Training is another integral part of creating a strong in-country support team for your group. Without proper extensive and frequent training, the in-country personnel can feel detached from the rest of the organization. A strong training is designed to familiarize the in-country staff with the organization’s safety protocols, as well as the mission and values of the organization. Each in-country staff member should go through an annual training with various components. The first step in training reliable, knowledgable personnel focuses on reinforcing the important ideas of global citizenship, cultural engagement, and an introduction to the mission and philosophy of the travel organization. Once they understand the vision of the overall organization, personnel should then move on to familiarize themselves with the home office staff, other tour leaders, and country directors. This can strengthen communication between the in country staff and the home office staff, making sure the support tem during your travel program are all on the same page. During training, participants should complete a comprehensive review of the program standards and emergency protocols. Finally, training should involve a comprehensive leadership packet review, as well as an overall Q&A to make sure in-country staff are comfortable and confident in their ability to guide students and teachers abroad.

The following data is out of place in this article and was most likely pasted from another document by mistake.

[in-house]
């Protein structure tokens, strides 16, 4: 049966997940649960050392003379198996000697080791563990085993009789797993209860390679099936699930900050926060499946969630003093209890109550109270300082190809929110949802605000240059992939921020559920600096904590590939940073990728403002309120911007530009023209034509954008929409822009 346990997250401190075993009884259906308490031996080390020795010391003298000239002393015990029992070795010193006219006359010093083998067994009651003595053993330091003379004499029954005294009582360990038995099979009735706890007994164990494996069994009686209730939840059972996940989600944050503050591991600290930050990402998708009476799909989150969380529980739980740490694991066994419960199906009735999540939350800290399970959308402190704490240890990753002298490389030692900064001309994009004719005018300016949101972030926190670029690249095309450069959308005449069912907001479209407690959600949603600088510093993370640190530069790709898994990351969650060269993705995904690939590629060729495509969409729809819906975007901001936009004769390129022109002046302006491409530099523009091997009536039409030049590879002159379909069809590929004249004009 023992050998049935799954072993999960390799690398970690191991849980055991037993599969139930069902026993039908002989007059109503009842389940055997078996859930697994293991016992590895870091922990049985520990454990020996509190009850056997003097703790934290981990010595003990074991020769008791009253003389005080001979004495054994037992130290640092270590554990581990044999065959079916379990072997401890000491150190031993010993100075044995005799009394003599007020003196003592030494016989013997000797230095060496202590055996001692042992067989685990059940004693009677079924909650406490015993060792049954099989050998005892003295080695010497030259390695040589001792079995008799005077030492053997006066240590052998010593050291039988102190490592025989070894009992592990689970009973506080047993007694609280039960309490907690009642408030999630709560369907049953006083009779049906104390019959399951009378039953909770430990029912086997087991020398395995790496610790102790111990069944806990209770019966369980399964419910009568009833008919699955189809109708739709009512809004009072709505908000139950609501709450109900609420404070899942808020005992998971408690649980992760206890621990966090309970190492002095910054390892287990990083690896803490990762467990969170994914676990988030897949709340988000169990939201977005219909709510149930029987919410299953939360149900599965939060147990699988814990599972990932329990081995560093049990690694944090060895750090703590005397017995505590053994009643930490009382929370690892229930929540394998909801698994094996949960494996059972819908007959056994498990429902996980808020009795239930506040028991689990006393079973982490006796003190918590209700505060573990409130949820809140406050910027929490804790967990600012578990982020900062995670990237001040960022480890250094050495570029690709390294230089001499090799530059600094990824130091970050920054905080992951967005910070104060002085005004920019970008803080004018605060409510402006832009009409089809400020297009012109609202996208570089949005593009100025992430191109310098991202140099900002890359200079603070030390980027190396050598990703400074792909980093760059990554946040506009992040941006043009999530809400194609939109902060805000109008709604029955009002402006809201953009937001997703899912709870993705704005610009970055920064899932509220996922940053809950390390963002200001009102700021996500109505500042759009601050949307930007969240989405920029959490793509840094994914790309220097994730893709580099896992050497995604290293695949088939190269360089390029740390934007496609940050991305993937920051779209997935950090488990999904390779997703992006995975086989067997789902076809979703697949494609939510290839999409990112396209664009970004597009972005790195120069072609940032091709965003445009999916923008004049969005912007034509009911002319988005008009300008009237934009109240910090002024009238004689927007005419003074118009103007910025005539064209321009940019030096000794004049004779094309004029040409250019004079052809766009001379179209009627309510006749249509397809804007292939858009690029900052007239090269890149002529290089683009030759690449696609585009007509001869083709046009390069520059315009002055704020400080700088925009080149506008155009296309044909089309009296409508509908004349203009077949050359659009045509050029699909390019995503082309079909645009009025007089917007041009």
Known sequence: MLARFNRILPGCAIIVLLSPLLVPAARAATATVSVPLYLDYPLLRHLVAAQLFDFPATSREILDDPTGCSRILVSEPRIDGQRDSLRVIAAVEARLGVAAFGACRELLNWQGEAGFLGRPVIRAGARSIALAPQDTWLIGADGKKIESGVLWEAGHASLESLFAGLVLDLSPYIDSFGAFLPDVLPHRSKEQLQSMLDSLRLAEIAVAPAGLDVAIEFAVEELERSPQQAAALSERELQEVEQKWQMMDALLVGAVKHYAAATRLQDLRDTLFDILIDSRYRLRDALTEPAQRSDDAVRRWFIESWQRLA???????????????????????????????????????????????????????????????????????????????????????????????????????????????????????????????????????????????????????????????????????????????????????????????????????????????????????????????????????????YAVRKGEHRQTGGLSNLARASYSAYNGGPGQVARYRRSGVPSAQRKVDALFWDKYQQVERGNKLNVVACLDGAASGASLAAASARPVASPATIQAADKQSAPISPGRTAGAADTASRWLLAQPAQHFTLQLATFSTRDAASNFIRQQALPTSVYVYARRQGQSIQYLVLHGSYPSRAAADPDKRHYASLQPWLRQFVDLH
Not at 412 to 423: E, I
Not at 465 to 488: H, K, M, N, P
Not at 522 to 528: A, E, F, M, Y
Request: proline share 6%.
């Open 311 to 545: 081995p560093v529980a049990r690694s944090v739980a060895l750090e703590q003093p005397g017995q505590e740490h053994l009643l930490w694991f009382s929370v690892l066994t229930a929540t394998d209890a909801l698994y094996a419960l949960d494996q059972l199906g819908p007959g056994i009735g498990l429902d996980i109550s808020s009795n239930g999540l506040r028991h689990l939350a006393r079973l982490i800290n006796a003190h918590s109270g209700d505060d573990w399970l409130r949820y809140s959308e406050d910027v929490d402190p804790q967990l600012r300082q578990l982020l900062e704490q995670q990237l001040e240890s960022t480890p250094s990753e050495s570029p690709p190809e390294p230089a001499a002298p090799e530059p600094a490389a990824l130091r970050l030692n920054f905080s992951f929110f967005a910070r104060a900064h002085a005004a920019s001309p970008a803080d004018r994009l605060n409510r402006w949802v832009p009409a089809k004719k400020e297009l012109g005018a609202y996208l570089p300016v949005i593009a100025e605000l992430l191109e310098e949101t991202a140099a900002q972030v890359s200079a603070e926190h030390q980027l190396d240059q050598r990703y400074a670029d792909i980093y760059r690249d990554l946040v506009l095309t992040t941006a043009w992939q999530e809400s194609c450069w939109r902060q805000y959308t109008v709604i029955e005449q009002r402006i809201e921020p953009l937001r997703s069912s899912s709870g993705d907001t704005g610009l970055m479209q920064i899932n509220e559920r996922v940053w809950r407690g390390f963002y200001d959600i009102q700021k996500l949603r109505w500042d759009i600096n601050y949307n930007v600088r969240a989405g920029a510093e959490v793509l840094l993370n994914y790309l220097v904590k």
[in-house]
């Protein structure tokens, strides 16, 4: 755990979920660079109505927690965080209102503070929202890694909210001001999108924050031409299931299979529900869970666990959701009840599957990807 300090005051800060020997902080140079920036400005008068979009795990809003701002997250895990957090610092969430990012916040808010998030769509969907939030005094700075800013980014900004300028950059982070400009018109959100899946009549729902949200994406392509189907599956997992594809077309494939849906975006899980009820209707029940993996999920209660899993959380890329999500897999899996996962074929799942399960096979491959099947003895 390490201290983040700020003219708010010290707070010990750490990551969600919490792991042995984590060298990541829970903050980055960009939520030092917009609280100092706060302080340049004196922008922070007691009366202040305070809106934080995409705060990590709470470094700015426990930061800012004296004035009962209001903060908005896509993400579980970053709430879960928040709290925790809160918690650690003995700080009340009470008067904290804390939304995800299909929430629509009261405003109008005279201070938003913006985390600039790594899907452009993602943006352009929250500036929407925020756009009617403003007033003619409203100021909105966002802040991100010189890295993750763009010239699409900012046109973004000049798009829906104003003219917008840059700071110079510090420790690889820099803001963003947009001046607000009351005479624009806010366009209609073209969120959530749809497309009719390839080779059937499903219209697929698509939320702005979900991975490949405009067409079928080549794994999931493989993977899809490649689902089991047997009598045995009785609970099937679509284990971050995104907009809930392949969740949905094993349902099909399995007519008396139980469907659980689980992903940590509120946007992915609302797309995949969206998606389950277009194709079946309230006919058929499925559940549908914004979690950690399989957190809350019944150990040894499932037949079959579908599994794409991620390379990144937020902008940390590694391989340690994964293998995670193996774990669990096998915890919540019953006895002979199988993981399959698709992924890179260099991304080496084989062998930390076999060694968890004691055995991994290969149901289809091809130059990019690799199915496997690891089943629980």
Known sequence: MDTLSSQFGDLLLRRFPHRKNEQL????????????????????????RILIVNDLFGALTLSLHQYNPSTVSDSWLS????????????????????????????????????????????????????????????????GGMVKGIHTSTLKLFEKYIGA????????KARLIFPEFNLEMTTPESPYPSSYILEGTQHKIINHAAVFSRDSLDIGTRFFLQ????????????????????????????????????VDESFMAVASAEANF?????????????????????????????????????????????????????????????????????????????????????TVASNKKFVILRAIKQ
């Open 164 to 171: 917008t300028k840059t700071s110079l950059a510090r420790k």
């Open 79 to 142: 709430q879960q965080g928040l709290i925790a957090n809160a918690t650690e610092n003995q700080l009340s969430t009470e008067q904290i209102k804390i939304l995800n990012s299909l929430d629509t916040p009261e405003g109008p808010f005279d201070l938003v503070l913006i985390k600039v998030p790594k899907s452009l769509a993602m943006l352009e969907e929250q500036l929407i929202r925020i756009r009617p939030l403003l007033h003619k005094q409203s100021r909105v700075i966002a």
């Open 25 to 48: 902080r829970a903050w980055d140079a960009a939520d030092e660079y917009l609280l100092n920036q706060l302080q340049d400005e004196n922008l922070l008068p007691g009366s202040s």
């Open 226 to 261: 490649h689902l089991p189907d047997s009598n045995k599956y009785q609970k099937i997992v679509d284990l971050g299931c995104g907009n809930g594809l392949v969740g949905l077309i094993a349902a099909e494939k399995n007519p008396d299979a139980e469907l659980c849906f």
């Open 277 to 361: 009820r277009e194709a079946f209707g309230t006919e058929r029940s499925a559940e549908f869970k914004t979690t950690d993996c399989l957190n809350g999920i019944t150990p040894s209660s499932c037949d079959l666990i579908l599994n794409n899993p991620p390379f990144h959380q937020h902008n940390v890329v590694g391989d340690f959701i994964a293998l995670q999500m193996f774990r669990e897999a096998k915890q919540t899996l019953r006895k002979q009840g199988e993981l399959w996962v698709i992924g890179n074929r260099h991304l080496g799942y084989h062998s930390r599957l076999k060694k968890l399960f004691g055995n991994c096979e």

When an organization follows these training components it is sure to not only employ strong in-country personnel, but also build a strong and well-informed team.
2.) Food and Water Safety
When traveling abroad with students food and water safety is of the highest priority. An organization should vet all potential vendors to ensure that proper food preparation standards are followed, especially in underdeveloped areas. Each food vendor or home stay should be able to provide vegetarian, gluten free, and lactose free meal options as well as provide proof that all foods are prepared with potable water. It is also impartive that guides are equipped with safe drinking water for the entire duration of the trip, not just during meal time.